Our Dent in the Universe

“We’re here to put a dent in the universe.” – Steve Jobs

CC board and staff members do a teambuilding exercise with Mt Hermon staff

In late January, the Cultural Council board and staff kicked off our year-long strategic planning process with a day-long retreat at Mt. Hermon. We spent seven hours debating, among other things, what “dent” we want the Cultural Council to make. And we also got to run around outside in the gorgeous sunshine.

This new blog, which I intend to pen with regularity, will chronicle our planning process. My intention is that the process, and the plan itself, will be engaging, exciting, and, most of all, exceedingly useful. Many a strategic plan sits on a shelf gathering dust from the moment it is completed. And planning processes – hours sitting in windowless rooms drinking microwaved coffee and wordsmithing tag lines while attempting to divine what the future will look like – who wants to go through that? But – if the process could be different, if it could be useful and informative and energizing – now THAT is worth the time.

Board members Mark Sachau, Crystal Birns, and Christa Stiner contemplate a future vision of the arts in Santa Cruz

To that end, we have engaged consultant Nancy Ragey, who is the perfect fit for this work. She took us through what was a really promising day that got our creative juices flowing while also starting to define the big questions that we will ask during the planning process.

“Thank God we didn’t do a SWOT analysis.”

Feedback about the retreat was overwhelmingly positive. One board member said it was the best retreat he’d ever attended. And I overheard a staff member say the above quote. (For those of you who haven’t done this a million times, “SWOT” stands for Strengths, Weaknesses, Opportunities, Threats, and is a time-honored technique. The problem is, it’s such a tired exercise that what value it has is lost to the people involved, who now just roll their eyes and check email on their iPhones when the big sticky paper gets taped to the wall.)

For the plan itself, I’m not interested in one that has very specific, time-bound tasks as deliverables. Instead, I want a visionary guiding framework that pushes us to make a long and lasting impact in our field. And I want a process that is so meaningful to the board and staff that they become lifelong, passionate, raving fans and advocates of the arts and the Cultural Council, even after their tenure with us has ended.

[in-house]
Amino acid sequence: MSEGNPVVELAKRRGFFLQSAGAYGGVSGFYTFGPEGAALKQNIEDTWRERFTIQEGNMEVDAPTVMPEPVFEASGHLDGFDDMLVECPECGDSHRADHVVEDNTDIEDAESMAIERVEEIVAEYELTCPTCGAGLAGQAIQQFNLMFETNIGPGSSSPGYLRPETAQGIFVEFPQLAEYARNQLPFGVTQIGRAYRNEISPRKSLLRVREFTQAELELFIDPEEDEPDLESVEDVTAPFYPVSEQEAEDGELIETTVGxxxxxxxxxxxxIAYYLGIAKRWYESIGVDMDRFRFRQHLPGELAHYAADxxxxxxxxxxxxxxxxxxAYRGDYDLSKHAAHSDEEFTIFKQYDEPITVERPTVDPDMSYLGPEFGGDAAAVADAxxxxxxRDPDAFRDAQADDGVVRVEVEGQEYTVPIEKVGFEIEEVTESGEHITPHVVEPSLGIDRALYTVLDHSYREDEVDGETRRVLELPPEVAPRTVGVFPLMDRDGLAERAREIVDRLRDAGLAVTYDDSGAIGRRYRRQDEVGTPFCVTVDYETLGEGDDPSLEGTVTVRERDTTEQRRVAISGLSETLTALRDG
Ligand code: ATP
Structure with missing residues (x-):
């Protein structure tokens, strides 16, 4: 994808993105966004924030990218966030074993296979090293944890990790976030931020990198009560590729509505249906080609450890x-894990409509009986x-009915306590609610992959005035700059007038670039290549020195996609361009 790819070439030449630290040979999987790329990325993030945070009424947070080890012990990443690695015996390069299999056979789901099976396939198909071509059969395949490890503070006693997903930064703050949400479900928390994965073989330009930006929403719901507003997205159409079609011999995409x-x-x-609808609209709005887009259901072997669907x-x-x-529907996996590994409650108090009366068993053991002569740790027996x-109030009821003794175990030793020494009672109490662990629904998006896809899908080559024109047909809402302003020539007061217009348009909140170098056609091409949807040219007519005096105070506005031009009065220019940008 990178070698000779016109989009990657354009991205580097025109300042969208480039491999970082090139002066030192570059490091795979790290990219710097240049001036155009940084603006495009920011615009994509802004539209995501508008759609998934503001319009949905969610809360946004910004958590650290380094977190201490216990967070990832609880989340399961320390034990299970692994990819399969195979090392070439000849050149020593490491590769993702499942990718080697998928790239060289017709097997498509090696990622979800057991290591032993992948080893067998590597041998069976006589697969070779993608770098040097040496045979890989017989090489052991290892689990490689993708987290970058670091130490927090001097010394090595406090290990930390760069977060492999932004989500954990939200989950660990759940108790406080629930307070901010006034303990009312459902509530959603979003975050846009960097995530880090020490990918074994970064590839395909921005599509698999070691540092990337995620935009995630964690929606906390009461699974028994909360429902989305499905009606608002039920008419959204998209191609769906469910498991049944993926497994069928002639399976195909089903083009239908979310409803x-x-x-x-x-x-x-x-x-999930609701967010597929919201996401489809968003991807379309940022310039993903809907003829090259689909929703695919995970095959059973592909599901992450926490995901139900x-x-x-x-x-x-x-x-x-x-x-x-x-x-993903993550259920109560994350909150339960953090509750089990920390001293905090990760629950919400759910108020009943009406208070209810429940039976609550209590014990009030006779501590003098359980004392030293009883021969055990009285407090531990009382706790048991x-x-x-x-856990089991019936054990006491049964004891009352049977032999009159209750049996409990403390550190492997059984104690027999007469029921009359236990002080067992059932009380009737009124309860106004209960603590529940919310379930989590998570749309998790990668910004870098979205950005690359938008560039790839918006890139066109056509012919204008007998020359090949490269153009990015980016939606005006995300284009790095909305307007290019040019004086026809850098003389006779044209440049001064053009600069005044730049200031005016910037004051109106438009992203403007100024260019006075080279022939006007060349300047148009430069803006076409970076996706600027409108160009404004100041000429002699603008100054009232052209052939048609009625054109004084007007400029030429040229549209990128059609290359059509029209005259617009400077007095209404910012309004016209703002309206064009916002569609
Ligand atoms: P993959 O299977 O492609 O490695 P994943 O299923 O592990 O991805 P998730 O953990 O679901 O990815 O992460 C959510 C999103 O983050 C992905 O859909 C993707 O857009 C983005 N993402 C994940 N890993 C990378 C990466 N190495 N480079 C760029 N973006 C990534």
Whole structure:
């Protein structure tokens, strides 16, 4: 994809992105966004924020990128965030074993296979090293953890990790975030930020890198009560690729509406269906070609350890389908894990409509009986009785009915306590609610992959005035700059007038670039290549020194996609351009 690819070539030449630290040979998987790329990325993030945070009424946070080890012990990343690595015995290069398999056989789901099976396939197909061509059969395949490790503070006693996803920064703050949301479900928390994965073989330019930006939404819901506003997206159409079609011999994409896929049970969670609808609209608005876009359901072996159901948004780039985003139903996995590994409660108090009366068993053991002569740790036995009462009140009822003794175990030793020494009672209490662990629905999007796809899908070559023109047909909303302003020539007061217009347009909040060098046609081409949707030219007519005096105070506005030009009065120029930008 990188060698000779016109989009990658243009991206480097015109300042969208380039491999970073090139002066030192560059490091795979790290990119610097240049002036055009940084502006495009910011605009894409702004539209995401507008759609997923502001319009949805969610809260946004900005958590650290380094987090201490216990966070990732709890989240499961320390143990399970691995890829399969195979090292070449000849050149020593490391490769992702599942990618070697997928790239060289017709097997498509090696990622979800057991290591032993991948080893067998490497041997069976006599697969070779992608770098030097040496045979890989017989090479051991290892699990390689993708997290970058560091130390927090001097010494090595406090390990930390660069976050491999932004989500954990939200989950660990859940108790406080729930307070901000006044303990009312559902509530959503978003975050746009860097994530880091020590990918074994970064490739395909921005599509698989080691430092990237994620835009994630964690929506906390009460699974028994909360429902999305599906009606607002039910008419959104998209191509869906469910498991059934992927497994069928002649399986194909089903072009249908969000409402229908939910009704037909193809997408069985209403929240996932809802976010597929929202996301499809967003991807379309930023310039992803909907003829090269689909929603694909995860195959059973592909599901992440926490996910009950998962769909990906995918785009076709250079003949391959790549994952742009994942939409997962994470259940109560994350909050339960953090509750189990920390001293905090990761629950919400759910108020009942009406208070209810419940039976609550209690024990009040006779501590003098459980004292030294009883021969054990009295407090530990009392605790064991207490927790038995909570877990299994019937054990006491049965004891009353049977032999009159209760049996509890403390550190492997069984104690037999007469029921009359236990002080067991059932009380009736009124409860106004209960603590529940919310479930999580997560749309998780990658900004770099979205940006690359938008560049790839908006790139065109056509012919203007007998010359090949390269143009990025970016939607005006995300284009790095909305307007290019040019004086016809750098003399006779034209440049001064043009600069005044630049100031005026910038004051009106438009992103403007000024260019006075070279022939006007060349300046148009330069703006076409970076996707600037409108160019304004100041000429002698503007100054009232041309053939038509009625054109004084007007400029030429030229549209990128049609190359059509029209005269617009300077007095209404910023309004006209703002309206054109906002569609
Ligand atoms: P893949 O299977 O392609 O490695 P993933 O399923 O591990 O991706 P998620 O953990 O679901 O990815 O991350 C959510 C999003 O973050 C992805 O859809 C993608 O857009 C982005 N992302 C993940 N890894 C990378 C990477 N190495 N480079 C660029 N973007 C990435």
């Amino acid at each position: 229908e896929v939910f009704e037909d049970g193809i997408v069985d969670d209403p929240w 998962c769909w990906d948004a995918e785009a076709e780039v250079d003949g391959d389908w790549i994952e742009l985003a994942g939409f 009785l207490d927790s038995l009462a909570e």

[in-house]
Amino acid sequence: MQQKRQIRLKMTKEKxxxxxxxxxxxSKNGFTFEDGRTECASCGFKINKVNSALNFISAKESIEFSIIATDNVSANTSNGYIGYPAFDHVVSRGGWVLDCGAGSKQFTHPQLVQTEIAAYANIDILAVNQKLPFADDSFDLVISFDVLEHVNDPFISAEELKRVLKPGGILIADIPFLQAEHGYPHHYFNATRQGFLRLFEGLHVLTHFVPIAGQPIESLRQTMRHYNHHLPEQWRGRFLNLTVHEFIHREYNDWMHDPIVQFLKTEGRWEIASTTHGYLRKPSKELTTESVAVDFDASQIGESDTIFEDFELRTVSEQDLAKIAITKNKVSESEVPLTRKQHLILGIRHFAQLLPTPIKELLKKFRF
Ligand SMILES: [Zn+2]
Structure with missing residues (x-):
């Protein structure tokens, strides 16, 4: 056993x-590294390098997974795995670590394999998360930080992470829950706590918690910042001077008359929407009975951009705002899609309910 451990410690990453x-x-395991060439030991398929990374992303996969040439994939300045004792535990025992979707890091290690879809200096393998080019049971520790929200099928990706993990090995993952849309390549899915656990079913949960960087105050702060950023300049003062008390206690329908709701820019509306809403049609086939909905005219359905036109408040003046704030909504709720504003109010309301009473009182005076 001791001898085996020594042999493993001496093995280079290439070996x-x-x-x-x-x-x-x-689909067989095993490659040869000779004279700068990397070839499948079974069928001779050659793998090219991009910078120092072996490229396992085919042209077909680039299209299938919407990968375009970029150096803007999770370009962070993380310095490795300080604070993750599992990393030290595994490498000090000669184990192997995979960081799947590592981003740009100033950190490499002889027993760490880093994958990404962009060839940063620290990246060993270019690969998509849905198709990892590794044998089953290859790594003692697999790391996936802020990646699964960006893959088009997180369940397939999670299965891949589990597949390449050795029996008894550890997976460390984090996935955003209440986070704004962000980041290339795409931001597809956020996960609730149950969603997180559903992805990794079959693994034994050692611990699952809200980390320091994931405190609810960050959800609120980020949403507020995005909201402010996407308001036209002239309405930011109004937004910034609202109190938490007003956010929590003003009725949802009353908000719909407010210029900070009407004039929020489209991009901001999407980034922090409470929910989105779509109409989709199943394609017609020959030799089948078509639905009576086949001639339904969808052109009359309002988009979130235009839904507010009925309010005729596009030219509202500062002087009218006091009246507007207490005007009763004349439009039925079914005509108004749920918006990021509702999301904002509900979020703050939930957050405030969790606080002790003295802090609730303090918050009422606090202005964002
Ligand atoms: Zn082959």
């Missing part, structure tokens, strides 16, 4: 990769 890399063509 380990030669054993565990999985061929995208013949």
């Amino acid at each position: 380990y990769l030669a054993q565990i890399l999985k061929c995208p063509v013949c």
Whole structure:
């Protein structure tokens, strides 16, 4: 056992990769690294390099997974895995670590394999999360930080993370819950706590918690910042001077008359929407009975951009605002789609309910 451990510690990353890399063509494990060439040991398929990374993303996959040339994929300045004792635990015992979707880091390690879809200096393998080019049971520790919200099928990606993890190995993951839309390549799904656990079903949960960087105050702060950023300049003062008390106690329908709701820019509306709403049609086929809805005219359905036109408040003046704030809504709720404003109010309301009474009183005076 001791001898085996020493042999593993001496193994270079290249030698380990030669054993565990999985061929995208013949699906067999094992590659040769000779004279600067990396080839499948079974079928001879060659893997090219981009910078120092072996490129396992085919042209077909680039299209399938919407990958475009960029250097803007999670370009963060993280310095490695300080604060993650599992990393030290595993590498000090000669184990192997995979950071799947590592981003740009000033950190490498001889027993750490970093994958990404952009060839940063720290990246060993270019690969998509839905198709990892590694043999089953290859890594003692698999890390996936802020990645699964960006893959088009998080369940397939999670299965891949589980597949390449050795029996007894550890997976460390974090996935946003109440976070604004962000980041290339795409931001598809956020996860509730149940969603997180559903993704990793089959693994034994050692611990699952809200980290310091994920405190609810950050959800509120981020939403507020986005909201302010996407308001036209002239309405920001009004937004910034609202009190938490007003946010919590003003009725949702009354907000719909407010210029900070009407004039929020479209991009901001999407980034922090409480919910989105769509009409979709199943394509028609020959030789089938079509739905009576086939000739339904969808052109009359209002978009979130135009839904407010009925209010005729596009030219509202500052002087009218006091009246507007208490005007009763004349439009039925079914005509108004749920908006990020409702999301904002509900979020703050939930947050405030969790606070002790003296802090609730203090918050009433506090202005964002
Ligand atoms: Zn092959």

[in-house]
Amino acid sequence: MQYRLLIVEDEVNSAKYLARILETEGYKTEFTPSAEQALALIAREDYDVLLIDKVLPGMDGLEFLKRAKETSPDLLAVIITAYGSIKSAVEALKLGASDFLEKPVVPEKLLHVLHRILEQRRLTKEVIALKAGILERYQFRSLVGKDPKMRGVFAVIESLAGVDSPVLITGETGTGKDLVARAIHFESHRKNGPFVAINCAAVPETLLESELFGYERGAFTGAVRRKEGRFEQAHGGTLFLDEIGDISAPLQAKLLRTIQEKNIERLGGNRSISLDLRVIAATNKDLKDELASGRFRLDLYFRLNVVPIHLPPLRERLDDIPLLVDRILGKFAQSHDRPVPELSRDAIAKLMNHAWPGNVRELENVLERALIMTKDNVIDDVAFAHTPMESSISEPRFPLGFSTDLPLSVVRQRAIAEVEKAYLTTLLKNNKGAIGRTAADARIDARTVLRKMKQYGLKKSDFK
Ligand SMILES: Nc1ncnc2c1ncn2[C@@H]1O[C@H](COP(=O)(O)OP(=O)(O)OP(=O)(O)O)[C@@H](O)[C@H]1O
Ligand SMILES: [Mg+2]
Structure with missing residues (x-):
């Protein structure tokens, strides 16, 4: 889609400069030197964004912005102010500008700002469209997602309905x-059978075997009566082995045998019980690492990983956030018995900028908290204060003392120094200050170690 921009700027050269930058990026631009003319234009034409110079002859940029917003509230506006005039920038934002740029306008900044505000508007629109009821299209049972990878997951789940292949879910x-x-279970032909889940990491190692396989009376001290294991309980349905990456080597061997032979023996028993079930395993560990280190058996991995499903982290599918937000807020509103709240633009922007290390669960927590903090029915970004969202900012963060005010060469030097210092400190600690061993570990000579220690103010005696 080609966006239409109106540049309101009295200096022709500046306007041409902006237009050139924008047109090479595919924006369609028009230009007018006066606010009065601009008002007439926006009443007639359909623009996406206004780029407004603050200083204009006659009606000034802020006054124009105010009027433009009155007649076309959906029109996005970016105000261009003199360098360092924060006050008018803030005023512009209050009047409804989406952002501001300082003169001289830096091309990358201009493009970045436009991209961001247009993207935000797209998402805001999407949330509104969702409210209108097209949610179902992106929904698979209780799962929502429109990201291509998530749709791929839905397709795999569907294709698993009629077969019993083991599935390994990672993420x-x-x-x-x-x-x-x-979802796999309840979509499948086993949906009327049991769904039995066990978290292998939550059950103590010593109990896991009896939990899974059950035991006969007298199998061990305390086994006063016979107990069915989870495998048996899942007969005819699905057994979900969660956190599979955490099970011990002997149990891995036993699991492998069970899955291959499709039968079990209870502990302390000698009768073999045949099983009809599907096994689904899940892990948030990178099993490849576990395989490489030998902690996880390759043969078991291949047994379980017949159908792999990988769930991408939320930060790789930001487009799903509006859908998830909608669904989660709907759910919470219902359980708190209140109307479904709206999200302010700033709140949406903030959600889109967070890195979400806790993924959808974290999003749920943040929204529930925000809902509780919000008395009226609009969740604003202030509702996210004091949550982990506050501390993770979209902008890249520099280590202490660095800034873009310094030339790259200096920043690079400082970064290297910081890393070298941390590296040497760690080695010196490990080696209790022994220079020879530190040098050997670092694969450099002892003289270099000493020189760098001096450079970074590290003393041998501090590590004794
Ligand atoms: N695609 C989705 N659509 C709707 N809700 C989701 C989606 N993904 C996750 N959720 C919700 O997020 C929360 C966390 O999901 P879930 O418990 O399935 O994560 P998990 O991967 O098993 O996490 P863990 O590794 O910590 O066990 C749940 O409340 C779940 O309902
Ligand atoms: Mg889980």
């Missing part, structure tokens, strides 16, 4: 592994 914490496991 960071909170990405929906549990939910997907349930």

So why blog about this? I want you to see how we are going to make this particular sausage. I want the community to know where we think we should be going, and to give us feedback as we move the process along.

“Serve the music, not yourself.”

John Larry Granger, the long-standing artistic director and conductor of the Santa Cruz Symphony, shared this quote when he won the Gail Rich Award earlier this year. It struck me because it beautifully and succinctly articulates how I think the Cultural Council should approach our work – and how we could frame our strategic plan.

At the retreat, I outlined my vision for the Council. In my view, the strategic directions of our current 2009-12 plan were more inwardly focused: repositioning our programs, increasing funding and services, building our own capacity. I believe that, in order to thrive in the coming years, we need to be more outwardly focused. But what does that mean, and to what end? If we are successful in these shifts, what would be different five years from now?

  1. We transform how people value the arts in their lives.
  2. We become more service-oriented.
  3. We create better tools to tell our story.
  4. We make every donor, grantee, artist, and constituent who works with us a raving fan.
  5. We become innovative and nimble, while remaining strong and stable.

Board members Stephanie Schriver and Pearl Vickers, staffers Megan Searcy and Joyce Magallanes, Board President Marcella Allingham and staffer Ann Ostermann enjoy a timeline exercise

These are the five pieces of pasta I threw against the wall at the retreat, and I don’t know which of them will stick. And some of this might lead to significant change in the organization. But the only thing we can count on is change, which we can choose to guide, or choose to let it happen. If we guide it, great things could be in store for us. The most successful organizations in the world are masterful at change. Will that be us? I hope you’ll go on this journey with us, through reading this blog, and find out.